Management Leadership Training. One could make a case that this is one of the most important preparation items of all. Lean is not a “grass-roots” effort that will eventually trickle its way to the top. Without strong leadership and consensus from the top management team, your probability of creating a Lean Enterprise is, let’s face it, zero. A Lean initiative never fails when the CEO is strongly involved, and it never succeeds when the CEO is not.
Even if your leadership team verbally expresses strong support for this direction, it is still not clear if they know exactly what they’re talking about or signing up for. There are a host of misunderstandings that exist, and it is critical that everyone in the group be on the same page. The best way to achieve this is to conduct a private Lean workshop designed for the purpose of creating a consistent vision of the Lean Enterprise, and a consistent focus for the leadership team. The workshop should be held off-site to avoid distractions, and at least three days are needed. There should be a practical outcome to the workshop in the form of a high level Lean Master Plan, covering at least the next year.
W. Edwards Deming published his famous 14 Points in 1982, in order to provide guidance for American management faced with the challenge of overseas competition. His feeling was that American management had lost its way, and needed a new beginning in order to survive. Deming also stressed the importance of on-going education. The new philosophy that he refers to, is now call Lean and Six Sigma, as follows.
1. Institute leadership. The aim of supervision is to help people and machines to do a better job. Supervision of management needs an overhaul, as well as supervision of production workers.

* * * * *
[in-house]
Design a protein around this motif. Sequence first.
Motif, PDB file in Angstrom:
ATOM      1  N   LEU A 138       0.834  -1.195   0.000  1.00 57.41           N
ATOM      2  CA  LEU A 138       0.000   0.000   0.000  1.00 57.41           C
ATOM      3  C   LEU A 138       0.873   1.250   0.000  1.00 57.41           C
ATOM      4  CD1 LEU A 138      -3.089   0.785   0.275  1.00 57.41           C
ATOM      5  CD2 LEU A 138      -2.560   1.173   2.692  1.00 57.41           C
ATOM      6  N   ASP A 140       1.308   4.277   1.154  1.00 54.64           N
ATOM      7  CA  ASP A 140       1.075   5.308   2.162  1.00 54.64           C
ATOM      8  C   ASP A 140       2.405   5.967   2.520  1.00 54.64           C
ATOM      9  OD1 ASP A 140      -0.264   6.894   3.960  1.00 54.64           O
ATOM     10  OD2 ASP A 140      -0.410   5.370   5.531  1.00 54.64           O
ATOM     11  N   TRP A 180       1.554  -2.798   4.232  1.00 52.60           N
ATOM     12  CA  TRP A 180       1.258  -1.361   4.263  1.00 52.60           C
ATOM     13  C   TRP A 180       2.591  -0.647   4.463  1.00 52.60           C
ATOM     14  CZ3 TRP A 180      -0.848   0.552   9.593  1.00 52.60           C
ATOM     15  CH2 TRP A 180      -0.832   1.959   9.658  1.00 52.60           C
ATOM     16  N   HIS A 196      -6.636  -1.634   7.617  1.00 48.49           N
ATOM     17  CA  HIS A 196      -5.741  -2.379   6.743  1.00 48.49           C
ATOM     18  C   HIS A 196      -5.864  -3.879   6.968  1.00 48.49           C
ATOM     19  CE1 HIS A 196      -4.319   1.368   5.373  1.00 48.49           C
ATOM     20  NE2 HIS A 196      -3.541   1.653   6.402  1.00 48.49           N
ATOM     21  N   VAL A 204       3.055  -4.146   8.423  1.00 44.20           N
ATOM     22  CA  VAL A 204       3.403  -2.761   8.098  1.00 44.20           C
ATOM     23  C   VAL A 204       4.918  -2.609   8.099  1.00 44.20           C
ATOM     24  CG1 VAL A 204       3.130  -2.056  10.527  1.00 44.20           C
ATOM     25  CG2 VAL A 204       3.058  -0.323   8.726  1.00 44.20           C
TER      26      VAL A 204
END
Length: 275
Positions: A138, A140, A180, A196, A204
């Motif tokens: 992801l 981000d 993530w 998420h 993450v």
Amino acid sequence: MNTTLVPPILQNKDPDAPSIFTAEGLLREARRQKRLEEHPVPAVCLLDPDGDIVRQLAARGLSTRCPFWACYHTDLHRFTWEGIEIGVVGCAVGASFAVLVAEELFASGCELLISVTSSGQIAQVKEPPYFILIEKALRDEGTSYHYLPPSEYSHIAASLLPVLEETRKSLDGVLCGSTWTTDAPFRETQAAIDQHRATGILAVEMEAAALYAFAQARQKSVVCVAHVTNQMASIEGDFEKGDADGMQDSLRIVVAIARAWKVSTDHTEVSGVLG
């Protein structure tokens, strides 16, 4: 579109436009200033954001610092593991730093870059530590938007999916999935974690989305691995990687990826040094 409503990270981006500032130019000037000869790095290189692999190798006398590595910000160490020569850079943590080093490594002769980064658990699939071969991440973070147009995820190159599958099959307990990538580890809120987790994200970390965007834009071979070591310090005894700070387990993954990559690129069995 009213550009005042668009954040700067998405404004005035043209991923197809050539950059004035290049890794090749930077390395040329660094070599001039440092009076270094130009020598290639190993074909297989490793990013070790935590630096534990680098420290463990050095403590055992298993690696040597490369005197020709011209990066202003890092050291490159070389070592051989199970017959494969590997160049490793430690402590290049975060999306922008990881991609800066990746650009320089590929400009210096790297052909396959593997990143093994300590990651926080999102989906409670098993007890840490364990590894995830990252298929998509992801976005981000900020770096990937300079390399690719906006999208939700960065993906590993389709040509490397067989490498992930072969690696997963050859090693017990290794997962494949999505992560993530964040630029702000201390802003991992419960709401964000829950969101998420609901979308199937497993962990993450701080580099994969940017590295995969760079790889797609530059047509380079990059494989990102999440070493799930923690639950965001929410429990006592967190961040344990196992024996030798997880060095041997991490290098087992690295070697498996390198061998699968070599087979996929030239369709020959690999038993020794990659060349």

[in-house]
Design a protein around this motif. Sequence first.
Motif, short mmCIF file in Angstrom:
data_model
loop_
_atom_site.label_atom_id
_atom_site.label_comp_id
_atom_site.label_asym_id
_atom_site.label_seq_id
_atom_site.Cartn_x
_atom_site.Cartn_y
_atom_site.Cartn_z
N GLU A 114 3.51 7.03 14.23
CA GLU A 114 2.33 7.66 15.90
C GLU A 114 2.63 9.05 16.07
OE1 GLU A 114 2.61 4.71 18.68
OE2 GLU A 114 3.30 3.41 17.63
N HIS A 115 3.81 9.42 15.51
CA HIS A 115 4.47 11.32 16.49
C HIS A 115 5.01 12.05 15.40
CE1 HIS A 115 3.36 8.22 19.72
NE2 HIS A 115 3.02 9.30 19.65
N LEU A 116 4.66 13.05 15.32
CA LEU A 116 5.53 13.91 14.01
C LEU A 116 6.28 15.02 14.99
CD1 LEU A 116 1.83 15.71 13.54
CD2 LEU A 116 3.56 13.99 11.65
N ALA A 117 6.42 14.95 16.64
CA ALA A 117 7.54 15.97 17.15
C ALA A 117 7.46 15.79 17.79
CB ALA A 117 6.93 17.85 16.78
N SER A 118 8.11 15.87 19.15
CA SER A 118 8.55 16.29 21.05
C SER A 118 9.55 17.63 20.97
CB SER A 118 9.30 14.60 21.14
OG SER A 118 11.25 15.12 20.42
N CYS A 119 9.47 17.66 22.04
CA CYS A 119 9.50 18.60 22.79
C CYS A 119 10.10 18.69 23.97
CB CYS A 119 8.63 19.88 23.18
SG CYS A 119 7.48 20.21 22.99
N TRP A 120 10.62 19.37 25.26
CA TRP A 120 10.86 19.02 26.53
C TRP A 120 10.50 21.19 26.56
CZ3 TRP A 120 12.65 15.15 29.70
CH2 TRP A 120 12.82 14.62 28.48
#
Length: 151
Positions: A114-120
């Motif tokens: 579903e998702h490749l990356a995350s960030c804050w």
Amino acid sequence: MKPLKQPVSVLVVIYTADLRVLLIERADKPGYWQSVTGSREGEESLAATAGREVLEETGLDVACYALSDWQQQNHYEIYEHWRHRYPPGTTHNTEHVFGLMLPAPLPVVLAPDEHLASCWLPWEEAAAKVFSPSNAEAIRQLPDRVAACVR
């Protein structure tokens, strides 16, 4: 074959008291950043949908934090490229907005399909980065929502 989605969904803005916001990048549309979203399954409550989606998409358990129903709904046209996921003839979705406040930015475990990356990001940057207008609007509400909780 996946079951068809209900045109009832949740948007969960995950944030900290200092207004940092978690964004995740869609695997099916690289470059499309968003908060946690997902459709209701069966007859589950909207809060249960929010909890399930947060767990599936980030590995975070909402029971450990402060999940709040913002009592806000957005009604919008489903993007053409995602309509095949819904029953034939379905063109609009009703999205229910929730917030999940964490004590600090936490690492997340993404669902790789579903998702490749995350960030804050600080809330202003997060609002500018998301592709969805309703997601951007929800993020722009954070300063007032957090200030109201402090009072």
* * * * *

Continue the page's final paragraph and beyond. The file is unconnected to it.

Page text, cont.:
2. Adopt the new philosophy. We are in a new economic age. Western management must awaken to the challenge, must learn their responsibilities, and take on leadership for change.
3. Create constancy of purpose toward improvement of product and service,
with the aim to become competitive, stay in business, and to provide jobs.
4. Institute a vigorous program of education and self-improvement.
How can you be sure that your management team is engaged and on-board with the Lean initiative? It’s difficult to cut through lip-service, but one way is to insist that your leadership team be able to teach basic Lean concepts like 5S, Continuous Improvement and Value Stream Mapping. As you have all experienced, if you’re required to teach something to others, it is imperative to understand it yourself. If Lean concepts are properly and correctly understood, it is easy to be enthusiastic about them and become fully committed to their introduction and implementation. We are not suggesting that your top management become full- time trainers, but that they are able to teach, and are occasionally asked to do so.